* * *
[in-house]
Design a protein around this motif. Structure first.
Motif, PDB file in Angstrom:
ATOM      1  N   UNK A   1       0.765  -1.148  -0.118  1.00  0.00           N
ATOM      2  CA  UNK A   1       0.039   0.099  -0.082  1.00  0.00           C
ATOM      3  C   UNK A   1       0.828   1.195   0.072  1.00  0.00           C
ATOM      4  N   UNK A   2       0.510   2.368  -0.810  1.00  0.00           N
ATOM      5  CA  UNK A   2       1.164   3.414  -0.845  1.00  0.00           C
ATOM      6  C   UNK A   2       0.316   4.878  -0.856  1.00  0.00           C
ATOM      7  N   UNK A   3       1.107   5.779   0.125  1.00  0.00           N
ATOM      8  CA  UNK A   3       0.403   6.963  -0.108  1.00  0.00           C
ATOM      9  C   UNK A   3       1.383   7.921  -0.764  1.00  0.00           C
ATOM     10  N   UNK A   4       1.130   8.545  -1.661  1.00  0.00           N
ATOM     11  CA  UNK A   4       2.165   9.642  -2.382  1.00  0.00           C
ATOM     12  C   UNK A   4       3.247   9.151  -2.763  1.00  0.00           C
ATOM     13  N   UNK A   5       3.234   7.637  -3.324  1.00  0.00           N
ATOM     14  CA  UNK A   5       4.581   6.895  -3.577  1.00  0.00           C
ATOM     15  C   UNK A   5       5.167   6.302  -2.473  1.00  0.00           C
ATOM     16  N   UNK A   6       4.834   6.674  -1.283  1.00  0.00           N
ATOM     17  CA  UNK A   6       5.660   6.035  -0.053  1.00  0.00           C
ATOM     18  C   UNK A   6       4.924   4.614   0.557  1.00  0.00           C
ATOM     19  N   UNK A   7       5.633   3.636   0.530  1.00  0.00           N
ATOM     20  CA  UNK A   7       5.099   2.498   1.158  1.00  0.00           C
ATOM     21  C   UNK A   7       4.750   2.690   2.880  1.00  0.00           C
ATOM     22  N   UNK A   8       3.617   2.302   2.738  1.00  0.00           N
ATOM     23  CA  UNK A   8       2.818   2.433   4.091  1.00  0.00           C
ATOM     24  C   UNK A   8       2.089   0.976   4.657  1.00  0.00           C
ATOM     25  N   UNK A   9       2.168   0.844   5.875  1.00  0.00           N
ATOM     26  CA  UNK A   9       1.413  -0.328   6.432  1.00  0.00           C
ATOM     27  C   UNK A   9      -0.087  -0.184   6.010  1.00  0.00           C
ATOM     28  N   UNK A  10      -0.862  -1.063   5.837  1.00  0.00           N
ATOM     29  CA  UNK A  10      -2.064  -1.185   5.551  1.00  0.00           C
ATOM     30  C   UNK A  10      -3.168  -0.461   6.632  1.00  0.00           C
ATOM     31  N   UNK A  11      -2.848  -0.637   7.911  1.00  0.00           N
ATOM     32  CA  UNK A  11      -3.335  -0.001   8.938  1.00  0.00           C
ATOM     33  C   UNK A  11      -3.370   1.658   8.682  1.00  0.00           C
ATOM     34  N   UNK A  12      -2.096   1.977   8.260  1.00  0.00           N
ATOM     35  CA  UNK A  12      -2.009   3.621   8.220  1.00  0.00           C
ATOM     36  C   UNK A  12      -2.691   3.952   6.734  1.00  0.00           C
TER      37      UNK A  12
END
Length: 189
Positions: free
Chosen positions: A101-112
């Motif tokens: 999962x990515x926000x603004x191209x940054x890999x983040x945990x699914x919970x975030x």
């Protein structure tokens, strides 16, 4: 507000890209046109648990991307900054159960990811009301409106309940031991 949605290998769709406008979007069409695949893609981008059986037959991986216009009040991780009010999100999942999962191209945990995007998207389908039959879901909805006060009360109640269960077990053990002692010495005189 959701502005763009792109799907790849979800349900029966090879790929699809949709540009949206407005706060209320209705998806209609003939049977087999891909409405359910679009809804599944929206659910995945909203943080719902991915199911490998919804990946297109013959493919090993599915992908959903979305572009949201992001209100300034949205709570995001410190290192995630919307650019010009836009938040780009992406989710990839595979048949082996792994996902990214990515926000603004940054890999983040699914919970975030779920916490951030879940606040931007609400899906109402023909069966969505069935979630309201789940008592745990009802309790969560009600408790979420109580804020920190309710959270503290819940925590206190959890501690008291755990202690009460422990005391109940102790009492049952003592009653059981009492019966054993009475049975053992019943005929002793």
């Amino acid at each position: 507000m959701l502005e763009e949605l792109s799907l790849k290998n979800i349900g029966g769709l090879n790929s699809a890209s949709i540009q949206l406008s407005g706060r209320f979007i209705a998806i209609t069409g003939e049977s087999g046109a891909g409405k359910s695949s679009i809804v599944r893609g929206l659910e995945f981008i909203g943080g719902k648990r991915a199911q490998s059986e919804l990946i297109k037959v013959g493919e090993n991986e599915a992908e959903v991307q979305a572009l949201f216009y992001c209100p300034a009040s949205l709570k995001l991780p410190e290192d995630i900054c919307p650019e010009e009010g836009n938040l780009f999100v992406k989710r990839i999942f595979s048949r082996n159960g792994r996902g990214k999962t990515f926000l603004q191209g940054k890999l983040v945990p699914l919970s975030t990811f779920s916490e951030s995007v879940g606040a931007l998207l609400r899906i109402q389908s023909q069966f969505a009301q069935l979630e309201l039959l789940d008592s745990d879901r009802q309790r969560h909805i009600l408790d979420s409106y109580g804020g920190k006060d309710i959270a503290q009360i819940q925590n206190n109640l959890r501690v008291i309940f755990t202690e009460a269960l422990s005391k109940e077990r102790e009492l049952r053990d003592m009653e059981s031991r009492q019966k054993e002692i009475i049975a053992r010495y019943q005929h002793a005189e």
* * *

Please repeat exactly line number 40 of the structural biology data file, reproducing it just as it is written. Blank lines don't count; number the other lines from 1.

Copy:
TER      37      UNK A  12